In terms of international, there's obviously a lot of potential in international, 1 billion TV households around the world. It's a greenfield with a lot of potential. These big new services that are coming into the market, like Disney+ and Apple and already Netflix, are - have global ambitions, so - and we are making progress.

Now we said in the past that the first thing we're going to focus on international is building our scale and then monetization will follow, the same trend that we saw in the U.S., in building out the U.S. market.

In terms of building out active accounts, we announced that the Roku TVs with Hisense coming to the U.K. and we just launched in last quarter, our new lineup of streaming players.

The first time - this was the first time that we launched our Roku Express with a global launch in multiple countries around the world at the same time.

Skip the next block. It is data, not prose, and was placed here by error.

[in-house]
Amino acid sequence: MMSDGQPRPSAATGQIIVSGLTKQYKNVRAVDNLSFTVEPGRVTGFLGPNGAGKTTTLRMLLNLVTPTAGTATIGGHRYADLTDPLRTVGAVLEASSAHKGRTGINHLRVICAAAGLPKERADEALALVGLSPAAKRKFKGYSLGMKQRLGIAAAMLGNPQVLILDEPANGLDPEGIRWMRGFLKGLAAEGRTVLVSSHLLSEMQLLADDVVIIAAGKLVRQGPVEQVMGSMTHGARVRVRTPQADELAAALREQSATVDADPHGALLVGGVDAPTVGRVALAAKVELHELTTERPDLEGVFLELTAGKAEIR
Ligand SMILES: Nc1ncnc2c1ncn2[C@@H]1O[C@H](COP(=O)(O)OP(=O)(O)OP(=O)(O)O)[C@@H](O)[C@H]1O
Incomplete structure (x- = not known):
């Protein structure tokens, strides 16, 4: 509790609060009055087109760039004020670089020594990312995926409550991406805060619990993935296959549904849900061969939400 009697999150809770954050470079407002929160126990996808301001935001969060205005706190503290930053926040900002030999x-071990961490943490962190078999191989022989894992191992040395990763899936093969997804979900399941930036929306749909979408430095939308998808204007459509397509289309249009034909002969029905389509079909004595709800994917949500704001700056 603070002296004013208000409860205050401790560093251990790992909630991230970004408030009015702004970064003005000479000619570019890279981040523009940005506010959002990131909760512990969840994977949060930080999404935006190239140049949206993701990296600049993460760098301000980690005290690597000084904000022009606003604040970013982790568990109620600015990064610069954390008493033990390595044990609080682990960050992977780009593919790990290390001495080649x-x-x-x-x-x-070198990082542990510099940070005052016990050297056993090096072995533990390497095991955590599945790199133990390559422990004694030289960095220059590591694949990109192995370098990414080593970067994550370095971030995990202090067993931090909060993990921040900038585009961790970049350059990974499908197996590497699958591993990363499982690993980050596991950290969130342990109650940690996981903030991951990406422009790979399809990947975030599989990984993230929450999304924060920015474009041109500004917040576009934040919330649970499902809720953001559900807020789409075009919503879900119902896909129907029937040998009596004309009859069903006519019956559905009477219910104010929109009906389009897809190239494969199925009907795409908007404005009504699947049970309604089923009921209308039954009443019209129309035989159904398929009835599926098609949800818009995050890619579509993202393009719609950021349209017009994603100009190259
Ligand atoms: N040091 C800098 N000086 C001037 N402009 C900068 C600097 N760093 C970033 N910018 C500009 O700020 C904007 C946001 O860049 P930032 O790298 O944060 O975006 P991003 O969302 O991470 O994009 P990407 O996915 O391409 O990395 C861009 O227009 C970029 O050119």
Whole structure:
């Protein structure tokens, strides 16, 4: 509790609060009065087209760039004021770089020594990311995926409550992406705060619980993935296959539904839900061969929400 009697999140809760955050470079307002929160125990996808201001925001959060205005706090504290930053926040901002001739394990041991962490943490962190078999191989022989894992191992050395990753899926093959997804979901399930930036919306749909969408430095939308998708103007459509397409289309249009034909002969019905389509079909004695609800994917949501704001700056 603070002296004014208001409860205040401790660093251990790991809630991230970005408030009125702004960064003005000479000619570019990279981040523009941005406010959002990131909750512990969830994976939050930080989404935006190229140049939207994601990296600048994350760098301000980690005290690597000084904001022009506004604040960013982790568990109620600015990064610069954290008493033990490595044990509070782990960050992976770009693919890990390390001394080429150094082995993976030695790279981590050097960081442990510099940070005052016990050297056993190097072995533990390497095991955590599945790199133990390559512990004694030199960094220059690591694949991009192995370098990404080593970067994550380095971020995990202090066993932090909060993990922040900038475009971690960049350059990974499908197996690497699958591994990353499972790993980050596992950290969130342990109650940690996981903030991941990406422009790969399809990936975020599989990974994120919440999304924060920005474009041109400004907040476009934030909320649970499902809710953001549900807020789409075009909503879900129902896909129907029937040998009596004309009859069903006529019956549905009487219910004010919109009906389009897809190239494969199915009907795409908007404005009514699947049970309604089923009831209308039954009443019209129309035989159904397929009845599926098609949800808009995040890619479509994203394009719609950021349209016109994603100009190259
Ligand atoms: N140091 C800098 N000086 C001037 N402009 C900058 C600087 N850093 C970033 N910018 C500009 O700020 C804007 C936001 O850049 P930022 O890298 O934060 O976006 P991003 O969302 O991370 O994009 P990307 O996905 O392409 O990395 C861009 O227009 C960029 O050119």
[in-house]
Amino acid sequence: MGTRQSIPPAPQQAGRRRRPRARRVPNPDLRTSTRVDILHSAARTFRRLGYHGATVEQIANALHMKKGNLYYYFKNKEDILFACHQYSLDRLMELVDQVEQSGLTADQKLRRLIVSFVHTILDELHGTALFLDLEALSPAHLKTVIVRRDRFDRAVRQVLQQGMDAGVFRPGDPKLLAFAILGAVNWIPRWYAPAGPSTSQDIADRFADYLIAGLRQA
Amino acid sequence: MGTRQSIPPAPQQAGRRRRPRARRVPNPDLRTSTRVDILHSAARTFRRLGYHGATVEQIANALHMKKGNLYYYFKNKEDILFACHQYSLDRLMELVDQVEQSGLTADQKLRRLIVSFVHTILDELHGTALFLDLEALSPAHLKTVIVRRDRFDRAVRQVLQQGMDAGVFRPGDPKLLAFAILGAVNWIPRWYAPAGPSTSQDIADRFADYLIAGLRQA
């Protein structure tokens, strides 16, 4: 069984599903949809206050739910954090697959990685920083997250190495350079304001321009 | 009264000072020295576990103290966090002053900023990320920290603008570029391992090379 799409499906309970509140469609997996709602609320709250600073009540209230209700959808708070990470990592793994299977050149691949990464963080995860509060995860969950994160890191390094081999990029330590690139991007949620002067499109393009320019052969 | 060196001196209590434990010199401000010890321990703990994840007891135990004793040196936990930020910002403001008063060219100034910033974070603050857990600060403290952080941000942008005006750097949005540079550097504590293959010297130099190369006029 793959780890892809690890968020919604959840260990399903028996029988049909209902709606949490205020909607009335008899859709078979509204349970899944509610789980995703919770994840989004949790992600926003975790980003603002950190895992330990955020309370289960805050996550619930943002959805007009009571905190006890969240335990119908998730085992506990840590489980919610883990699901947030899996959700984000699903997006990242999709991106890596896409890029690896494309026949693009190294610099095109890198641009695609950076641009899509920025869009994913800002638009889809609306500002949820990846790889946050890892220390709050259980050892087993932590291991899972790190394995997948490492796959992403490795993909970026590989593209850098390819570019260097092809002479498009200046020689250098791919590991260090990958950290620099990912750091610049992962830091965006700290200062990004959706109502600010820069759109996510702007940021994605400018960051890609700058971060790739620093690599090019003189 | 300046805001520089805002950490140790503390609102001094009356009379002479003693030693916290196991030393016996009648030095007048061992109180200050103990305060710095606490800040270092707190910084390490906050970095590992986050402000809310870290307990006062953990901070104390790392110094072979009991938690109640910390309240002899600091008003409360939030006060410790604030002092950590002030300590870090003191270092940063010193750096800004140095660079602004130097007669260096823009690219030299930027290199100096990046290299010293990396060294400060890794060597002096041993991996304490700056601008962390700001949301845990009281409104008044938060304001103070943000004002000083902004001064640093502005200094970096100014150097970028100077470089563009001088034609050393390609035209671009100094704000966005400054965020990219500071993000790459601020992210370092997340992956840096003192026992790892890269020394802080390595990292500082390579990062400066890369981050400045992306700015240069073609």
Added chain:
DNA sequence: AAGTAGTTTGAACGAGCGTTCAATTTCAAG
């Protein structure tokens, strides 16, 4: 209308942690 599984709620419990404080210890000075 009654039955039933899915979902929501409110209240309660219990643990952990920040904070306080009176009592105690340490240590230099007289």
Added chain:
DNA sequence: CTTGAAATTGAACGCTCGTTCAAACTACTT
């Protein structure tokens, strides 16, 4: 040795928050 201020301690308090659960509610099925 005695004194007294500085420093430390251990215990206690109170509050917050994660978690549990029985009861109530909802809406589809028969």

So we are - so that's an example of how we're getting more serious about expanding our reach with - in the international markets.


Our next question comes from Elliot Alper with D.A. Davidson.

Elliot Alper

I wanted to ask if you guys have any more plans on launching more apps outside of The Roku Channel? This doesn't mean content like The Roku Channel, but maybe interactive apps or platforms on your platform that could drive more traffic and ad inventory.

Anthony Wood

This is Anthony.

So the way we think about The Roku Channel is - the way I think about the Roku platform overall is its primary purpose is to distribute content to viewers. And there are multiple ways - if you're a content publisher, there are multiple ways to distribute that content. One way is to write a streaming channel, and companies are still doing that, obviously.

Another way is - that's becoming increasingly popular is to publish your content in The Roku Channel.